Monday, December 31, 2012

How would Brazil be different if the culture of the Indians outperformed that of the Portuguese




That's a rhetorical wondering, aim to question the essential return to the Brazilian culture origins. It is difficult to extrapolate such a culture but it would sure be a country with more respect for nature, less wear between cultures that came later.
The idea here is not to take the Indians out of their values, their land or their essence - On the contrary - as happened with many other prosper cultures (such as Japanese, Chinese, etc.). The Idea is to extrapolate how two hundred years (or more) of evolution would mature this culture and to show its importance the rest of the world.

I really admire how the Japanese have made survive many cultural aspects of their tribal ancestors, the Ainos, and these did make survive much of its ancient tribes of the Satsumon and the Okhotsk, and the events that took place from the unification of Shogunates 1590. Historical factors that made each member of their culture share social maturity and survived the whole cultural interference until the present day. "We have to aggregate the best of social evolution, technological, etc., but keep and respect our very own essence," once said my good, Japanese descendant friend, Pedro Takaki. I believe this would have been more appropriate cultural evolution here in Brazil with our local ethnicities.

Brazilian Indigenous people gave significant contributions to world culture, such as the domestication of (mandioca) cassava and utilization of various native plants, such as corn, tobacco, guarana, yerba mate, sweet potato, pepper, cashew, pineapple, yam, pine nuts, acai, pitanga, jabuticaba, mangaba, the hog plum (cajá), the umbu, annatto (urucum), genipap, passion fruit, guava, pequi, jambu, the jatoba, buriti , the carnauba (palm heart) juçara, pejibaye the jerivá, copaiba, andiroba, tucum, etc.. Also, spread the use of hammock and practice of the peteca (shuttle).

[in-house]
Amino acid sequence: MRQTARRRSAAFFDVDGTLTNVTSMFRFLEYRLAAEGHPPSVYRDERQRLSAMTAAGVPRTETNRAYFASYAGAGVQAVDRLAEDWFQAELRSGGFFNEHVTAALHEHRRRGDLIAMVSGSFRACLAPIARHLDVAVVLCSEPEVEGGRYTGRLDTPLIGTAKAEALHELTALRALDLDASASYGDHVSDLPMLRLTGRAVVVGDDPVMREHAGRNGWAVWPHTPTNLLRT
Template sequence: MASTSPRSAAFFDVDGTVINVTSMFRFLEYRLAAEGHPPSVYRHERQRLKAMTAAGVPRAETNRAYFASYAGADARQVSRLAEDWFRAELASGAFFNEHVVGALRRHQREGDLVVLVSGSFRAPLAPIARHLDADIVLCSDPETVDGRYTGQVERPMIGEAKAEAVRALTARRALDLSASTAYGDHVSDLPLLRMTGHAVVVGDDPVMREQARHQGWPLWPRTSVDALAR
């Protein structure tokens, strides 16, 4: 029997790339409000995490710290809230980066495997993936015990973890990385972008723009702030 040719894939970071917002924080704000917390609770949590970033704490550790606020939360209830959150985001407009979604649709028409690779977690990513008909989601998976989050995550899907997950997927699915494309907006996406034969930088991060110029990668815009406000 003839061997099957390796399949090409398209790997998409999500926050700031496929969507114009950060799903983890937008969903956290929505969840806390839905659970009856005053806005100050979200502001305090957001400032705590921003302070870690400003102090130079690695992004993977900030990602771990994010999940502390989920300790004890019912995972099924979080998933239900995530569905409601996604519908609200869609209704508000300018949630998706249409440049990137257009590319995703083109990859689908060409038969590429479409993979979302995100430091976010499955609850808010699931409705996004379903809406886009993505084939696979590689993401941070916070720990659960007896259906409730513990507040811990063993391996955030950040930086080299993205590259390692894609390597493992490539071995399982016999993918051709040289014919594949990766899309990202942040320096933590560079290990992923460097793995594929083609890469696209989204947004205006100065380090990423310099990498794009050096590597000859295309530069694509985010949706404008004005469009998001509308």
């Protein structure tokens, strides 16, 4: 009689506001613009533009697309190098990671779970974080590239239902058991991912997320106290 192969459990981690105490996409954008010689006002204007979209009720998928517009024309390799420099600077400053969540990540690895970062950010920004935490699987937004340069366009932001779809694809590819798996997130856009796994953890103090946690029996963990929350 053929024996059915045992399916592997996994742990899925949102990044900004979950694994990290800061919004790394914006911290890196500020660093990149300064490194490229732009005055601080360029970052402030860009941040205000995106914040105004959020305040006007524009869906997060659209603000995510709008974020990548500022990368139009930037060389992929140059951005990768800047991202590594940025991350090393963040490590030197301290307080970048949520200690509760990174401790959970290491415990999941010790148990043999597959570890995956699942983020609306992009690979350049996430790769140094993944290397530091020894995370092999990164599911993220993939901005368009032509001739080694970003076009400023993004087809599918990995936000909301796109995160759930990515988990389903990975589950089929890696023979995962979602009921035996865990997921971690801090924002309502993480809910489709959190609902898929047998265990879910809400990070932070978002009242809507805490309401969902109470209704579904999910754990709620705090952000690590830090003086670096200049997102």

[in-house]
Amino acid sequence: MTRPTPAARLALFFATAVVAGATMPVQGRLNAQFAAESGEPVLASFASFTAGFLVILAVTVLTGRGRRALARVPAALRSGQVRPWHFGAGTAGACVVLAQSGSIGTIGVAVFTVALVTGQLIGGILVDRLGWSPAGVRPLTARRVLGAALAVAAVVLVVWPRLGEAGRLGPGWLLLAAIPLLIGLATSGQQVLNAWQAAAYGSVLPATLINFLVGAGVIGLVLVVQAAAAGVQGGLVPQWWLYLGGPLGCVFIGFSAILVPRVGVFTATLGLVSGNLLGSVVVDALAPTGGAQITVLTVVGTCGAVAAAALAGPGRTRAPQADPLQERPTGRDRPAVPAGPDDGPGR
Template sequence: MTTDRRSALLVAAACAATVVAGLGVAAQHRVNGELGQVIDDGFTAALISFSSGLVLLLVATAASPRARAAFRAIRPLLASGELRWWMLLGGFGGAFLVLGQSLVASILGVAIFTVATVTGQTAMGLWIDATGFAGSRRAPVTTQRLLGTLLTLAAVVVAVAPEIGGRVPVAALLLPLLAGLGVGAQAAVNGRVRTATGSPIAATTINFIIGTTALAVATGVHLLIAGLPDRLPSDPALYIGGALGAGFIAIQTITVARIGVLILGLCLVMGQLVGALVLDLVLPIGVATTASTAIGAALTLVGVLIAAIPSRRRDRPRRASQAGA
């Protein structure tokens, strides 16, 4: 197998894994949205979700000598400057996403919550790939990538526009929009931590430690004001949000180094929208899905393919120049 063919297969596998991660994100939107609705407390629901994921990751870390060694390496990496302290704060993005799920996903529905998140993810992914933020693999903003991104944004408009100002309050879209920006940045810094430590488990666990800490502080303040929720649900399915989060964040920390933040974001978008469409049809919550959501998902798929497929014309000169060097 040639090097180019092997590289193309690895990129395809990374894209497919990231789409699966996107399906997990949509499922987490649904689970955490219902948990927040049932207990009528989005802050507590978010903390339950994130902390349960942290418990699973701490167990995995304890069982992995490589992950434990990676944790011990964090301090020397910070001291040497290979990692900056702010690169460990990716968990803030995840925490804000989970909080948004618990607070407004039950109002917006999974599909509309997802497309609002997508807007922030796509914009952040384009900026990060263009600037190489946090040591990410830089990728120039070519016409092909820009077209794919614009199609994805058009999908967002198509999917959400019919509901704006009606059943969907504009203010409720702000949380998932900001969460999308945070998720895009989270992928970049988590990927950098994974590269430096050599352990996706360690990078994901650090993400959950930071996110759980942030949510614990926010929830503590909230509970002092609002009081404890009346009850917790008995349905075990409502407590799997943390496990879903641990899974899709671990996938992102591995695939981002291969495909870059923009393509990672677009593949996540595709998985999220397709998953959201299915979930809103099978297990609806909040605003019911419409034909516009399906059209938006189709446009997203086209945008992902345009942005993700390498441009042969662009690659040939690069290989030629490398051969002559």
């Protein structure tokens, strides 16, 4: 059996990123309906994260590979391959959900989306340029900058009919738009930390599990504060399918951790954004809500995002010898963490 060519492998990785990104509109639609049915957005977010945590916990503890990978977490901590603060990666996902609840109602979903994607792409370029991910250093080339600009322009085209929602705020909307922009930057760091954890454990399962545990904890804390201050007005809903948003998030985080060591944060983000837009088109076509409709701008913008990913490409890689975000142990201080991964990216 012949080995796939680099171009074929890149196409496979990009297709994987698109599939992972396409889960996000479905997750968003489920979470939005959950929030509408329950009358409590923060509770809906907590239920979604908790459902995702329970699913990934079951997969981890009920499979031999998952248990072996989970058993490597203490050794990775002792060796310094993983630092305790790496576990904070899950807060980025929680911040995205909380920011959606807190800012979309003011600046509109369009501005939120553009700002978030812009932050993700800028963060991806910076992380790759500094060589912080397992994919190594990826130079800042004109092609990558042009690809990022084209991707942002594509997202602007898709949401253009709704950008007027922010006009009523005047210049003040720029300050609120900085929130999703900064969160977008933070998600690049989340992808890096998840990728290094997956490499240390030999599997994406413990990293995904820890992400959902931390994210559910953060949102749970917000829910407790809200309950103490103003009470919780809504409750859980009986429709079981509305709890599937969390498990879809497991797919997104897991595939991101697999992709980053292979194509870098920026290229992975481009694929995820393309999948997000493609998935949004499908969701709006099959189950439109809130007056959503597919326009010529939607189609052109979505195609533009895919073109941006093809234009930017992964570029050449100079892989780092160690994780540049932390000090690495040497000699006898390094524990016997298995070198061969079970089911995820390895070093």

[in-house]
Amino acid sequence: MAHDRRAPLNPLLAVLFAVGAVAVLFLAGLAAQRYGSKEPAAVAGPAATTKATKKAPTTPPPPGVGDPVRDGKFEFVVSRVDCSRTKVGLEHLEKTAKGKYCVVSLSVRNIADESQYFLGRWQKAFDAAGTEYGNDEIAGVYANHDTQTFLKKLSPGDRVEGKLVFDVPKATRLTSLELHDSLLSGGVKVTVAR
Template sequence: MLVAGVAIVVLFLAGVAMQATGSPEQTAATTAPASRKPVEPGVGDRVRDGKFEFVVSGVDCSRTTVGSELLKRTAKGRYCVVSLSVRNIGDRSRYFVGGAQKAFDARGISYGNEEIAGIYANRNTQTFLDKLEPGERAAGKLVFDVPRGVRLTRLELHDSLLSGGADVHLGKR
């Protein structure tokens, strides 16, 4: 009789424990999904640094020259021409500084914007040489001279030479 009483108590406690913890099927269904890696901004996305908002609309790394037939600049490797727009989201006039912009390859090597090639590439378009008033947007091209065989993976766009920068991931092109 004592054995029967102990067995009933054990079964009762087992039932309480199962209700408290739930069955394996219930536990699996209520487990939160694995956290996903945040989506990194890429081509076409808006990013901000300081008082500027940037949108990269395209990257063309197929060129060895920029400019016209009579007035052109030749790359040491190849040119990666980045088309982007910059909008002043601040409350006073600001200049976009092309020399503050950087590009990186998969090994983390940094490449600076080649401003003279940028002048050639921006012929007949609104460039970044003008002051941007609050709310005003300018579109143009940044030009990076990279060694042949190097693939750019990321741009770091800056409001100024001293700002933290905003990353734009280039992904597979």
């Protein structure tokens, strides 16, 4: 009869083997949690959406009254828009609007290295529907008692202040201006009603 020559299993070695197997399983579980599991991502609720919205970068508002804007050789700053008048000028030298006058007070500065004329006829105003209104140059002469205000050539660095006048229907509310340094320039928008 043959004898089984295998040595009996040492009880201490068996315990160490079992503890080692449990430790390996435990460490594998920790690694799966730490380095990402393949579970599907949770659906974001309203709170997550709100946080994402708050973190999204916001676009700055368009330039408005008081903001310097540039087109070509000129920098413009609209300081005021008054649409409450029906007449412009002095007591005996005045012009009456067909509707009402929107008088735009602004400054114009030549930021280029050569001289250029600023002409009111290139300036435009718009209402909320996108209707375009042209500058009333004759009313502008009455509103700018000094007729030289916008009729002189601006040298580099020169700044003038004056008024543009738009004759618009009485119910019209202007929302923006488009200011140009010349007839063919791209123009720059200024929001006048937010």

The brasilíndios had as a basic organization or taba village, formed by the ocas or huts, arranged in circles where families lived. The government was exercised by a council - nheengaba - formed by elders, and only in wartime chose a chief, or cacique morubixaba.

Like the Japanese culture, the various ethnic groups have preserved their culture and evolved a lot in all other respects. In this idealized Brazil under previous precepts, large ocas would be deemed as community cultural centers, where anyone could stay and perform researches or works.


Just as the Japanese that associate tradition to innovation the 'Technological Ocas' are the proof that the Brazilian ethnic groups are evolved without losing the essence.


For this alternative story would run its course in the way that I speculate, many things would have been changed in the past. I believe the most important deviation would be - the no promulgation - the law that prohibits the use of indigenous languages ​​throughout the country passed by the Marquis of Pombal.

The Tupi Idiom was the language originally spoken by the Tupi people of South America (tupinambás, tupiniquins, Caeté, tamoios, potiguaras, temiminós, tabajaras etc.). It was learned by Portuguese settlers and, through them and their descendants, became the most used language in Brazil during the sixteenth and seventeenth centuries.

300 years ago, living in the village of ‘São Paulo de Piratininga’ (dried fish in Tupi-Old "xe pe Piratining Cui" - "going to where the fish are dried") was almost synonymous to speak Indian language. Only one in five people knew the Portuguese Idiom. Therefore in 1698, the provincial governor, Artur de Sá e Meneses, pleaded Portugal to send priests who knew only "the general language of the Indians", because "these people can not be addressed in another language."